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J Rheumatol. 1996 Oct;23(10):1784-7.

Eosinophilia-myalgia syndrome among the non-L-tryptophan users and pre-epidemic cases.

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  • 1Division of Environmental Hazards and Health Effects, Centers for Disease Control and Prevention, U.S. Department of Health and Human Services, Atlanta, USA.

Abstract

OBJECTIVE:

Eosinophilia-myalgia syndrome (EMS) has been associated with L-tryptophan (LT) use since 1989, but as yet no etiologic agent has been identified. We describe the non-L-tryptophan associated cases of EMS, and those patients with illness onset preceding the 1989 epidemic.

METHODS:

Review of all patients in the EMS national state based surveillance system administered by the Centers for Disease Control and Prevention (CDC) who satisfied the EMS surveillance case definition.

RESULTS:

Of 1345 persons with EMS that satisfied the CDC surveillance case definition for EMS, 26 (2%) persons reported not having used LT (non-LT). Persons who did not use LT were significantly younger (mean age 39 years; p = 0.02) and were more likely than LT users to have onset of their illness before the EMS epidemic (before July 1, 1989) (p < 0.001). Non-LT users reported fewer pulmonary symptoms but had rates of neuropathy and scleroderma-like skin changes similar to LT users. Non-LT users had lower mean eosinophil counts (5.6 x 10(9) cells/I LT users 6.2 x 10(9) cells/I), reported no EMS attributable deaths, but were hospitalized (48%) more often than LT users (34%). Of the 1345 EMS cases, 191 (14%) reported a pre-epidemic illness onset. Symptoms of peripheral edema, rash, scleroderma-like skin change, alopecia, and neuropathy were more prevalent in pre-epidemic patients. Mean eosinophil count was significantly higher for epidemic patients than for pre-epidemic patients (p = 0.004).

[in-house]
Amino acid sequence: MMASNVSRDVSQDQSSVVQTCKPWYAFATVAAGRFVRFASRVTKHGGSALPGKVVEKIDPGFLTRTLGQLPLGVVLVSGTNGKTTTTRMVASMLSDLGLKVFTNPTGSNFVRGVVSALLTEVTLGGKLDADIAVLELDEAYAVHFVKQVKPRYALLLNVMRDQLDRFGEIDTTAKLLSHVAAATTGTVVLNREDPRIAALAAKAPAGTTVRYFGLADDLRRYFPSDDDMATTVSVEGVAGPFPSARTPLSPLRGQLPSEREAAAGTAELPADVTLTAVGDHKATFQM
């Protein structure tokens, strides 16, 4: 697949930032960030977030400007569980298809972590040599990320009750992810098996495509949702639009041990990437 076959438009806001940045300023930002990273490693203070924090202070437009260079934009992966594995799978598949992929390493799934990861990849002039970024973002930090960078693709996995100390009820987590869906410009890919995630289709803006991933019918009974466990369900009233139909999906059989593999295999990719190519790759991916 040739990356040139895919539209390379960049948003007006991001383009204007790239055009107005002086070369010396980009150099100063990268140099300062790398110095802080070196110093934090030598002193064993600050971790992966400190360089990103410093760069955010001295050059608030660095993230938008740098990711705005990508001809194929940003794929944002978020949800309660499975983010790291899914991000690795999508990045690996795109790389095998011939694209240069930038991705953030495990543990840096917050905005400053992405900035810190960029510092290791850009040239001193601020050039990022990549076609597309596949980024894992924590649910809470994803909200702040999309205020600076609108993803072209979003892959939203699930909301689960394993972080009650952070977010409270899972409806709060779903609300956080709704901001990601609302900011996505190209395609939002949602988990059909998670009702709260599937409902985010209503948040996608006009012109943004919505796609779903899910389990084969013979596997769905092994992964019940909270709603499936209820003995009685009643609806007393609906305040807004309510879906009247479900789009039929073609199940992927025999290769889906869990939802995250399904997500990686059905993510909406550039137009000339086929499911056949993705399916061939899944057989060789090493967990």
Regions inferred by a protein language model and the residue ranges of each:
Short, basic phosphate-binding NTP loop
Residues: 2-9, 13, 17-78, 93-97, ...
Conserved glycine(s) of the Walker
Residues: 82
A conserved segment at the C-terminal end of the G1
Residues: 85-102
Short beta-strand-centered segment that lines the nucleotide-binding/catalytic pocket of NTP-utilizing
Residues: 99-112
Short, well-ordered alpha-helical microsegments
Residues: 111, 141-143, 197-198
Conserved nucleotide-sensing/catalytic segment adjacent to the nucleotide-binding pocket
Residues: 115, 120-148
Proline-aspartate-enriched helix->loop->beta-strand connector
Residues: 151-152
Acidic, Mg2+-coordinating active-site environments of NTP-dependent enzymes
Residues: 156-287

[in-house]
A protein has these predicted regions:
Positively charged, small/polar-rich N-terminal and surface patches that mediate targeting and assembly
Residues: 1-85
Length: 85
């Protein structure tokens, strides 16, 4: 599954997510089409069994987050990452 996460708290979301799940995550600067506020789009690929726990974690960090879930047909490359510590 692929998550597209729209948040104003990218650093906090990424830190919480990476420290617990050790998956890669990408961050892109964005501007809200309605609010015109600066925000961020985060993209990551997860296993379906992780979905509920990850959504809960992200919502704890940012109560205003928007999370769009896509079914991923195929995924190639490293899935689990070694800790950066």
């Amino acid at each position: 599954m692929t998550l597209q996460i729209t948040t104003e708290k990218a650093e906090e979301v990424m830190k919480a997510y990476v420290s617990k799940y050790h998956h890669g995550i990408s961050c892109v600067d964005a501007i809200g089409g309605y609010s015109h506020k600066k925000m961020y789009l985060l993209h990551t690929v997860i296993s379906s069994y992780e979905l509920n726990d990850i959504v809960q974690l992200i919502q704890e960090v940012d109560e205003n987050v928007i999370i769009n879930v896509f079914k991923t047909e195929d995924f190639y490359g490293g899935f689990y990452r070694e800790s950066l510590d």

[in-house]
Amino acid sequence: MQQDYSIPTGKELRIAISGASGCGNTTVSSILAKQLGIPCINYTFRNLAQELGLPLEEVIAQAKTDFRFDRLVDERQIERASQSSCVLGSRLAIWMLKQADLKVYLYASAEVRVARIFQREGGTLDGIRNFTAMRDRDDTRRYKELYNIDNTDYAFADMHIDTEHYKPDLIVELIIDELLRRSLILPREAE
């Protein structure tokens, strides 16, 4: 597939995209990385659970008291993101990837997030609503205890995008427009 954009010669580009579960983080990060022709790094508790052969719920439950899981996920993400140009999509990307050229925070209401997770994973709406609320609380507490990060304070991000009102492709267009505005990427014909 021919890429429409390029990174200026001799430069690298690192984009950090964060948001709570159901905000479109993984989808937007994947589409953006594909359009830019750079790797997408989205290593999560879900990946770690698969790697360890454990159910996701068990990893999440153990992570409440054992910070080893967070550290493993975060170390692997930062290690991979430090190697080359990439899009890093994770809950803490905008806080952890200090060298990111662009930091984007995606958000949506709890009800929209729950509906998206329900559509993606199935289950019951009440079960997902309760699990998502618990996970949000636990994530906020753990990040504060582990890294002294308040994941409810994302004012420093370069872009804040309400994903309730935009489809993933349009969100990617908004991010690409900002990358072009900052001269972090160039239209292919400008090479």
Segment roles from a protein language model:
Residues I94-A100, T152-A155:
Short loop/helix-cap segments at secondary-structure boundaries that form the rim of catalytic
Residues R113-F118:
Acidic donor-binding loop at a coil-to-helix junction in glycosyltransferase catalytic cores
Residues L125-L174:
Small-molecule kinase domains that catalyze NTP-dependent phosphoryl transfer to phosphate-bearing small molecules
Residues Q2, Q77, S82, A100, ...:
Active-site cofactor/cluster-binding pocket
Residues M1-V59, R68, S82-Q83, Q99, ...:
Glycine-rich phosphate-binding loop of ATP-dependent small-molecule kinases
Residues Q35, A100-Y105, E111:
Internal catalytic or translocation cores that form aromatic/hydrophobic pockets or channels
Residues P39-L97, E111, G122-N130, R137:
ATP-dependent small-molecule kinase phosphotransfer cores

CONCLUSION:

Non-LT EMS cases were more likely to be younger and to have a pre-epidemic illness onset of EMS, but otherwise were similar to LT associated EMS cases. Pre-epidemic EMS cases were more likely to report the presence of neuropathy and scleroderma-like skin change, but not pulmonary symptoms, hospitalization, or death.

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PMID:
8895159
[PubMed - indexed for MEDLINE]
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